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By Kate Streit
A recession can have a major impact on your finances. While no one wants to think about the job loss, falling property values and accumulation of debt that a recession can bring, proper preparation can ensure that you’re able to financially weather the storm. Here’s how to prepare for a recession so you’re not caught off guard.
A recession is marked by unexpected changes that can have a huge impact on your financial situation. A reduction in hours, a complete loss of your job and instability in the stock market can all lead to financial insecurity.
One way to safeguard against these risks is to have an emergency fund. If you don’t yet have one, it’s crucial to get started. You’ve probably heard that you should have at least six months of living expenses on hand, and this is sound advice. When calculating that figure, make sure to include all your recurring expenses that are absolutely necessary, including housing, transportation, utilities, food, debt and healthcare.
If you’re not accustomed to saving, the important thing is to simply get started. Even if you can only afford to put away a small amount of each paycheck, something is better than nothing. Automatic transfers to a high-yield savings account can help make the habit a little more effortless.
In order to be in the best possible financial position when a recession hits, it’s crucial to have a handle on debt. Aim to pay off high-interest credit cards and loans first, and you may want to look for opportunities to utilize 0% balance transfers.
If you have student loans, it may be wise to consider consolidating them. If you lose your job or have a major loss of income, it may also be the time to put your loans in deferment or forbearance. You’ll want to use these options as a last resort, as they can increase your interest accrual and balance significantly over the long term.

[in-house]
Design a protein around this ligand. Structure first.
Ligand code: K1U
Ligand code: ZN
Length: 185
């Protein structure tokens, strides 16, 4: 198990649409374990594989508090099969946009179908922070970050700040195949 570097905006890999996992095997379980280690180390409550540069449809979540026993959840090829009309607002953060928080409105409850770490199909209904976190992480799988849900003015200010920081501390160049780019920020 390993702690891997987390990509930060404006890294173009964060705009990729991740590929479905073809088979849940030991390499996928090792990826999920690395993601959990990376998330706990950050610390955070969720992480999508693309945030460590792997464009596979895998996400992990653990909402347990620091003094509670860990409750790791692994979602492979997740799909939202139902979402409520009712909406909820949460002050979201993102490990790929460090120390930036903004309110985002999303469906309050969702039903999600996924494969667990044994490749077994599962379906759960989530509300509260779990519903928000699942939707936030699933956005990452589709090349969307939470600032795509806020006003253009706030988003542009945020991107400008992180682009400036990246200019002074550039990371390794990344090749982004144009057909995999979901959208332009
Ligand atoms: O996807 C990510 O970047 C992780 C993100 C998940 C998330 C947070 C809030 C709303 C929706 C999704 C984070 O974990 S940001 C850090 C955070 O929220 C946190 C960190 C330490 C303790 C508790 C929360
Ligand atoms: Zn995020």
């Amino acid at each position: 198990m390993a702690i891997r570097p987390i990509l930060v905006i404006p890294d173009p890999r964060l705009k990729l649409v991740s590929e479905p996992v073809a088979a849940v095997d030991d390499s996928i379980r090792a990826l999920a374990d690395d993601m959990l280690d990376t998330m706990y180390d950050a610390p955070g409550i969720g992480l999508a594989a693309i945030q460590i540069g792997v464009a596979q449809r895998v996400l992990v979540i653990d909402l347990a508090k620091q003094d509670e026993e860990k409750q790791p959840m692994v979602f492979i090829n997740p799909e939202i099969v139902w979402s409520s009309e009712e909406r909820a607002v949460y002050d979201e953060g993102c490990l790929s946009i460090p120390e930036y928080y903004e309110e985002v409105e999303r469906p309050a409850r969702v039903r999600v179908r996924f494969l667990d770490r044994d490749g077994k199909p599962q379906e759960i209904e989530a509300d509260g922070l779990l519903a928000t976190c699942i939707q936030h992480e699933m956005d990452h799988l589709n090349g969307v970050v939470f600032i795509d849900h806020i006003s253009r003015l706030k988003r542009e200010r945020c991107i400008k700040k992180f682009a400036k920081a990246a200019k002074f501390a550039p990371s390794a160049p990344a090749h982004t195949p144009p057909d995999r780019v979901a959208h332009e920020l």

A recession can wreak havoc on your portfolio, so it’s important to have a clear picture on the state of your investments. Having a diverse portfolio is one way to hedge your bets and minimize the risk of loss.
The timing and extent of a looming recession can be difficult to predict, so be careful not to rely too heavily on making immediate investment decisions under pressure. Instead, when it comes to stocks, you could evaluate investing in so-called “recession-proof” companies that have stood the test of time, and focus on consumer goods that remain non negotiables for many people even during times of hardship, such as food and household goods. If you’re unsure what investment options best match your needs and risk tolerance, be sure to consult your financial advisor.
Investing in real estate can be another way to further diversify your portfolio. Although investors worry about crashing home values during a recession, it may also be a great time to snag an amazing deal. Much like stocks, certain types of real estate can perform better during an economic downturn, including mobile home parks, apartments and industrial properties. Consider consulting a real estate professional for advice in this area.
With a recession comes the threat of job insecurity. Diversifying your skillset can make you more marketable if you need to switch positions or industries. When you get a raise or promotion, consider socking away that extra cash for a rainy day rather than changing your spending to reflect your higher salary.
A side hustle is also a great way to supplement your income. If you choose to make a passion project or hobby your extra gig, it can also serve as a way to beat the stress and anxiety that a recession can cause.
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